Daily Spin: The Very BEST Way to Get Rid of Spam

Hint: it's not [just] a spam filter. Our reviewer Christopher Beers examined three ways to authenticate users that could possibly replace -- or, more to the point, enhance -- today's

February 22, 2006

5 Min Read
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From the Labs

The Very BEST Way to Get Rid of Spam

We all live with spam these days, and most of us live with spam filters too. Whether you find spam filters a bane or a boon probably depends on how many false positives they turn up. Network Computing tested spam filters last year (Review: Spam Filters ) and found them effective for taking a bite out of spam. But we were left feeling that mere spam filters come up a bit short.

So we sent reviewer Christopher Beers back into the lab to take the next step and examine e-mail authentication techniques. The short story is this: if you can accurately identify who has sent you an e-mail, it's much more likely that the e-mail is legitimate. In particular, such techniques make it harder for spammers to fake a "from" address or use a malware-infected PC to send out bulk spam.

Overall, we looked at three e-mail authentication techniques in quite a bit of detail. Here's a crib sheet to help sort through our findings:

Sender Policy Framework, or SPF

SPF records, specially crafted DNS TXT records, tell other e-mail servers which mail servers you allow outbound e-mail from SPF records also contain a confidence level that helps the receiving e-mail system determine authenticity.

The Verdict: The specification's ease of deployment will let everyone publish SPF records quickly, and its record checking is supported by just about every e-mail server vendor.

Sender IDSender ID, a backward-compatible extension to SPF, is a sender-authentication scheme backed by Microsoft and in use for Hotmail and MSN services. These services display Sender ID results in their Web mail interfaces.

The Verdict: Sender ID is easy to implement and provision on both the sending and receiving sides. But it's surrounded by licensing controversy that's slowing its uptake by other vendors.

Domain Keys Identified Mail, or DKIM.

The DKIM sender-authentication approach is to sign outbound messages with a private key. Receiving e-mail servers can validate that the e-mail originated from a known source using public keys available in DNS, and they also can validate the integrity of the message--a capability SPF and Sender ID lack.The Verdict: DKIM has value, but its complex configuration requires significant changes to both inbound and outbound e-mail software and imposes a serious performance penalty on DNS traffic between sites.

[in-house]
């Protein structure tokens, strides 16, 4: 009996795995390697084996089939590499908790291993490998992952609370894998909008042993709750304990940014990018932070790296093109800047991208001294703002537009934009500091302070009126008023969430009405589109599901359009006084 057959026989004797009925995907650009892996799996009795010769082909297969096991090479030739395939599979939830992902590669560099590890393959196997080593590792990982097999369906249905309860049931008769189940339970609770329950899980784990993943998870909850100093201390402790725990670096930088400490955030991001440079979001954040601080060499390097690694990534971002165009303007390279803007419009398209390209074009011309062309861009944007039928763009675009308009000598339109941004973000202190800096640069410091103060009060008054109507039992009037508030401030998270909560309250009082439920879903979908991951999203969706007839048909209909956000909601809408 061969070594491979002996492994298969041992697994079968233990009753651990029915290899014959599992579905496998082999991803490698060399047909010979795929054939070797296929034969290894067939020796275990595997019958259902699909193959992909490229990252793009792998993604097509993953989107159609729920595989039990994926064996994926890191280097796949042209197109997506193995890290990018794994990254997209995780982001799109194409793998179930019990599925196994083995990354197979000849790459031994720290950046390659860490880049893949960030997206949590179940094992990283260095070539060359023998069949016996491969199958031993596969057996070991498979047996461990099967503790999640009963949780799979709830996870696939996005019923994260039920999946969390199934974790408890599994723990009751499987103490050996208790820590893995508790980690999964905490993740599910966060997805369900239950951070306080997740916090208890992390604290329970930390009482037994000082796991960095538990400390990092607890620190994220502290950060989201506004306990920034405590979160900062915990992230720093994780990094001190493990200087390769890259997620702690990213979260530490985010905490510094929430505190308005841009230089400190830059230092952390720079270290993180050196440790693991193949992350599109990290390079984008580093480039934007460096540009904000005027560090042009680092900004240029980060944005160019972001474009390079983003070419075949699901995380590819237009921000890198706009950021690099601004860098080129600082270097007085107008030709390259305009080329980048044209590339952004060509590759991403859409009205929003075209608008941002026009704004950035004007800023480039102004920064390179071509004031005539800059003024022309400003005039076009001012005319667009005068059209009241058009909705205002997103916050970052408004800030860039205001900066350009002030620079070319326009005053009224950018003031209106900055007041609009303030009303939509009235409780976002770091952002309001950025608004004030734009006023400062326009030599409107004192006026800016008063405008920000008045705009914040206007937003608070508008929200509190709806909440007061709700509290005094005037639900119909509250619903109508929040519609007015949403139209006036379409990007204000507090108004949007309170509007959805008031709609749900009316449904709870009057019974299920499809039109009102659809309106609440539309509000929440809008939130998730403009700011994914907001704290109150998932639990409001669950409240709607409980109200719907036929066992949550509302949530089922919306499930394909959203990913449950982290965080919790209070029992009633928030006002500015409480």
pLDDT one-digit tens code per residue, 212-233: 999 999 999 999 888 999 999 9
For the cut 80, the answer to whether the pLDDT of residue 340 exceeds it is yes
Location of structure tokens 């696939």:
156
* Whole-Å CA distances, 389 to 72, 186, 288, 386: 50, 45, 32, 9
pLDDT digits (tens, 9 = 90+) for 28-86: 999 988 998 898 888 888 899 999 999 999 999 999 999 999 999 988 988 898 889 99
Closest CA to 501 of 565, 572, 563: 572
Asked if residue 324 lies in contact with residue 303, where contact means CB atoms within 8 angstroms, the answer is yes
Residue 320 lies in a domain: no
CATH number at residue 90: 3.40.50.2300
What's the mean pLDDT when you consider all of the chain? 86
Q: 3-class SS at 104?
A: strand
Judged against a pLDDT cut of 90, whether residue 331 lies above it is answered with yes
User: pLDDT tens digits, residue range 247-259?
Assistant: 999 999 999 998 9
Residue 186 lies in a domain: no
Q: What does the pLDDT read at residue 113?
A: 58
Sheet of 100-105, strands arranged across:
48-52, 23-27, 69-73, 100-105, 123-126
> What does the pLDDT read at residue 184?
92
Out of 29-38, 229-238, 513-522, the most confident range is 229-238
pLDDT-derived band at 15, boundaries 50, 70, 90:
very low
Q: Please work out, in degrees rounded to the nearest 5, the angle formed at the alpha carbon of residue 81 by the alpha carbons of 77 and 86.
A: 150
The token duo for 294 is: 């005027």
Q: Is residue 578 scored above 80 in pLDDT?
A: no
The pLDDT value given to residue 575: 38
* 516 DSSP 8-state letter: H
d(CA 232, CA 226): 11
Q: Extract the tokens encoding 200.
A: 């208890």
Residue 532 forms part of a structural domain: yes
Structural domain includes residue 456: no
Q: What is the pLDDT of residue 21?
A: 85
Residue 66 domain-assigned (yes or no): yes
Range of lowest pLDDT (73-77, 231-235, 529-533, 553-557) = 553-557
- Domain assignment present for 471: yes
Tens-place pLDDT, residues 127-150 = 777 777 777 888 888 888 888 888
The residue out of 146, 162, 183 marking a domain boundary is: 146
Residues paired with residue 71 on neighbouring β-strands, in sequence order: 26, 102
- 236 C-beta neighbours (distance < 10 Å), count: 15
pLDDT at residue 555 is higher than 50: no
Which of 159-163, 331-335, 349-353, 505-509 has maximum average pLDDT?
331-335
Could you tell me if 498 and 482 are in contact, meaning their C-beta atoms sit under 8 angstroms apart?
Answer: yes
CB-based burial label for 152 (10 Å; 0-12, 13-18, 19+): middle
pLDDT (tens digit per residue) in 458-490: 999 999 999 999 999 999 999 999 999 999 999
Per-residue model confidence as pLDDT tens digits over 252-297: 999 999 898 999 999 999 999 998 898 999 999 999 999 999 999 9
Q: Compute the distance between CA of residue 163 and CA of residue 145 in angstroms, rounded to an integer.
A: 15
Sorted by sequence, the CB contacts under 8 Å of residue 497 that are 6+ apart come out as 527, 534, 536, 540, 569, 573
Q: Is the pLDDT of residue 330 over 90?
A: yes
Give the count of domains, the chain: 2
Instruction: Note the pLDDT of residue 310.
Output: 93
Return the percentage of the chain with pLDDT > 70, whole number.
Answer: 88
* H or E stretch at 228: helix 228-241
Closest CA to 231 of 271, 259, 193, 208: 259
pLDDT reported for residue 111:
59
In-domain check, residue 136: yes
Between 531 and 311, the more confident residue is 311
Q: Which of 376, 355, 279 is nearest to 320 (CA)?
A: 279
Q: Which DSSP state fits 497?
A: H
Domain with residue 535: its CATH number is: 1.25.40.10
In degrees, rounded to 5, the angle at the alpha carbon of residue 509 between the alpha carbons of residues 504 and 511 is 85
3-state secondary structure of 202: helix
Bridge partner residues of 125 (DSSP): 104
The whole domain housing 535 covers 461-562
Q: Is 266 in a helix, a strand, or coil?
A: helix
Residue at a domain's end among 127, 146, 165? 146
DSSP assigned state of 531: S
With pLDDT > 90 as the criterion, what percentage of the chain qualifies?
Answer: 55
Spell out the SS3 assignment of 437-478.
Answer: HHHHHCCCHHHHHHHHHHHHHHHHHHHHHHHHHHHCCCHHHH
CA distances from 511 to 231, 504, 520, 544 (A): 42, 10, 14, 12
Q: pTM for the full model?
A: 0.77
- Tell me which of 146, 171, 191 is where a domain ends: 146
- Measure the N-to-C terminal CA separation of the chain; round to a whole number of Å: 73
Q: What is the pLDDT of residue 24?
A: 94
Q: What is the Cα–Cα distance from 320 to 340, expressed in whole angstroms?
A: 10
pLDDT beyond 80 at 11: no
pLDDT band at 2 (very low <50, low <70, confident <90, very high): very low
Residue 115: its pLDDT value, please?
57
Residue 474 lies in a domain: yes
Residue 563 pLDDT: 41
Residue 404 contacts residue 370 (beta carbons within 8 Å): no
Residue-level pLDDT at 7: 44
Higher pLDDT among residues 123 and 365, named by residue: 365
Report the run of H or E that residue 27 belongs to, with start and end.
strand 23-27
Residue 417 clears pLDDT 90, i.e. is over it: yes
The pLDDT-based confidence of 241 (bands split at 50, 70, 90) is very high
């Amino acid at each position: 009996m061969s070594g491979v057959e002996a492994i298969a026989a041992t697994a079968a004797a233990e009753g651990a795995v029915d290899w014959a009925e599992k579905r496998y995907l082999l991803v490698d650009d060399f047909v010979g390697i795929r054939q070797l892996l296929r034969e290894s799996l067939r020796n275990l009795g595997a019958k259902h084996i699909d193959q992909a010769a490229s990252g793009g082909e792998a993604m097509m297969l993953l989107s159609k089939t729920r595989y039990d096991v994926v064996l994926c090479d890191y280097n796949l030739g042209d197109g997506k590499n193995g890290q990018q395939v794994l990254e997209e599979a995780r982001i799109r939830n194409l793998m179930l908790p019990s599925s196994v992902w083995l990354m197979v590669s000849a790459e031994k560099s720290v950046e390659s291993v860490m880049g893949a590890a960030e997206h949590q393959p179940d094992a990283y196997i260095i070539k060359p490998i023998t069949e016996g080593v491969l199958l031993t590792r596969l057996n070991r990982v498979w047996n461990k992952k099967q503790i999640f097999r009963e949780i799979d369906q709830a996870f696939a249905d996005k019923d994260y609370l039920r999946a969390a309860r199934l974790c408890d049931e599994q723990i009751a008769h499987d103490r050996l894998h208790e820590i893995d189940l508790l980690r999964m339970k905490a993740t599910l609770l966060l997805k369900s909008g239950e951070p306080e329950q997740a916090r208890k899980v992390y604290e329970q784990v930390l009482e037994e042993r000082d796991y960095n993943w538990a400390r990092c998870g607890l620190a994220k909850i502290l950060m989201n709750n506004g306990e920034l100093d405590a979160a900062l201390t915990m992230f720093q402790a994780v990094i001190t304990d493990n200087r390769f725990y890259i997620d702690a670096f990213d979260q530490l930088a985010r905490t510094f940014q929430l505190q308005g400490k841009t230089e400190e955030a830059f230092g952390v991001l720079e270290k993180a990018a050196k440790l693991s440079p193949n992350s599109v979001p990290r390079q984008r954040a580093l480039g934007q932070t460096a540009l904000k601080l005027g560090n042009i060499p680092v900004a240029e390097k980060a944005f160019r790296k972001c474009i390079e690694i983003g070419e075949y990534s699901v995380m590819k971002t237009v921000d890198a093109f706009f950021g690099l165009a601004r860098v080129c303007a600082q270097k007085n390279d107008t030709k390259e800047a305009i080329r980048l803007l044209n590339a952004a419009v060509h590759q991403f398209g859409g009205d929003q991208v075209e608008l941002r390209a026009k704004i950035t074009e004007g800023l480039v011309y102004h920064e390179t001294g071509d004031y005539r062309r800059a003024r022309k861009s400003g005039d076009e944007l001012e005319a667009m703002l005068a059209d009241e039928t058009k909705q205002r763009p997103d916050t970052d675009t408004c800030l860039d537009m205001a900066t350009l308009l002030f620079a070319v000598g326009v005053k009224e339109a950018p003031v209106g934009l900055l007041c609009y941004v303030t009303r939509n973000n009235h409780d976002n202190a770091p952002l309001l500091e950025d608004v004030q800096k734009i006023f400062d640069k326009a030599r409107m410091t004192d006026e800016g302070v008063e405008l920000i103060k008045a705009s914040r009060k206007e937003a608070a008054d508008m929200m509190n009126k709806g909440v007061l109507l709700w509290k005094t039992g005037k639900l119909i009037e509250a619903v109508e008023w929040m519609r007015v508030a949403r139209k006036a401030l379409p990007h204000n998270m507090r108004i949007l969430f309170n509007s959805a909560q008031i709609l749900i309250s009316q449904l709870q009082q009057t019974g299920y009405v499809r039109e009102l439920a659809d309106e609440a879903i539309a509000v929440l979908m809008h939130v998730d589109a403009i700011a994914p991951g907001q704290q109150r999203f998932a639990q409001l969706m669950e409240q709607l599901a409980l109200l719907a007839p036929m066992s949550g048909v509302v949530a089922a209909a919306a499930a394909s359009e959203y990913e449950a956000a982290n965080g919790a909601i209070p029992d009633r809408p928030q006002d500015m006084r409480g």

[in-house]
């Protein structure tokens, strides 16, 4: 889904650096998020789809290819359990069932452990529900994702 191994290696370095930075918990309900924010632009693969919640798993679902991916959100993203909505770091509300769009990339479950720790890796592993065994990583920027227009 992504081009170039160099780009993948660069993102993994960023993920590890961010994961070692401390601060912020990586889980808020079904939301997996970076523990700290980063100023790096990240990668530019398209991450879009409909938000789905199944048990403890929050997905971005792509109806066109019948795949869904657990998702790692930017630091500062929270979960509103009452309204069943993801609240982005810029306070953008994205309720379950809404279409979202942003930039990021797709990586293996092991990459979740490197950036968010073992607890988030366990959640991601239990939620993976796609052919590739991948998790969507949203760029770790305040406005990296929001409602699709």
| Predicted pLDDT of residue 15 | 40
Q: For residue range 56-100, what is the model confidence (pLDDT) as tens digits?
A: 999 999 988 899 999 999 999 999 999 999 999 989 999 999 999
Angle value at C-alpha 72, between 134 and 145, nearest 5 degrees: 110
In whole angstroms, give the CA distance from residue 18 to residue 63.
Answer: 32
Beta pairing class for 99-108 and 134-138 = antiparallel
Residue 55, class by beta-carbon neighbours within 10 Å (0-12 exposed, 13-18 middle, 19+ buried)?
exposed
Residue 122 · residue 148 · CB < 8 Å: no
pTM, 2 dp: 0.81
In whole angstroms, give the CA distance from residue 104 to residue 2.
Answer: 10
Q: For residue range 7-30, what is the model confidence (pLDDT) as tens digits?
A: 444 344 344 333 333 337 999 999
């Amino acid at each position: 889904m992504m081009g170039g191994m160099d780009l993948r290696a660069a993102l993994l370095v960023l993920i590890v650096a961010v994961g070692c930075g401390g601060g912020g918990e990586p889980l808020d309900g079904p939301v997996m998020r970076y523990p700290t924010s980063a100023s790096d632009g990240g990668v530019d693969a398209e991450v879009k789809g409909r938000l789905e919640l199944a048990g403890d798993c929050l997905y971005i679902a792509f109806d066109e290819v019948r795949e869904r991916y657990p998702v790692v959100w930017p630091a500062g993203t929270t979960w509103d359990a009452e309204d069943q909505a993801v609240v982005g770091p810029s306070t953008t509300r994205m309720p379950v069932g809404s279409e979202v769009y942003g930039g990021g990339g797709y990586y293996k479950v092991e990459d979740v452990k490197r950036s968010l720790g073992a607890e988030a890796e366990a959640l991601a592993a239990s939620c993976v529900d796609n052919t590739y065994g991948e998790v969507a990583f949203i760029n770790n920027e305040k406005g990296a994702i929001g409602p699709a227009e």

So which approach is best? Read the full story to get the details, but according to our reviewer, SPF comes out on top.

Read the full story:

Review: E-mail Authentication Techniques

NWC Voices

Hello, I'm Batman

As we've seen, one way to combat spam is through better identity authentication. But identity issues can be tricky.

Or so says NWC's Lori MacVittie, who in today's featured blog post rails against the Violence Against Women and Department of Justice Reauthorization Act, which makes it a federal crime to "annoy" another person on the Internet without disclosing your "true" identity.

Lori finds plenty of fault with this overly-vague act, including:

Read Lori's full blog post here:

Hello, I'm Batman

NWC's Take on the News

Here's what we think of today's breaking news. Read the story and leave your own comment. Let's see if we agree ; >

More Than Half Receive At Least One Phish Daily According to a survey of 600 business users, 58 percent reported seeing one or more phishing mails in their inboxes daily.

NWC's Take:Why are phishing e-mails so prevalent? Because they work. Just assume that no legitimate business will e-mail you out of the blue and you'll be a lot better off.

Microsoft Slams Security Firm's Bounty For Windows Flaws

Microsoft blasts a security company's recent offer of $10,000 to someone who discovers a Windows flaw that leads to a critical fix.

NWC's Take:The ethics of security reporting are always a touchy subject, but the best policy may be no harm, no foul -- and get the flaws fixed as soon as possible.

Vista Versions May Number 8 Microsoft drops additional clues that the next-generation operating system will come in even more flavors than the current Windows XP.

NWC's Take:Latest SKU-leak -- pulled as soon as it was made public -- shows six versions of the next Microsoft OS.

Chicago Plans To Join Wi-Fi Party With Citywide Network The Windy City is preparing to become the Wi-Fi City.

NWC's Take:Chicago joins Philly and San Fran (Google) as big-time cities pursuing widespread Wi-Fi.

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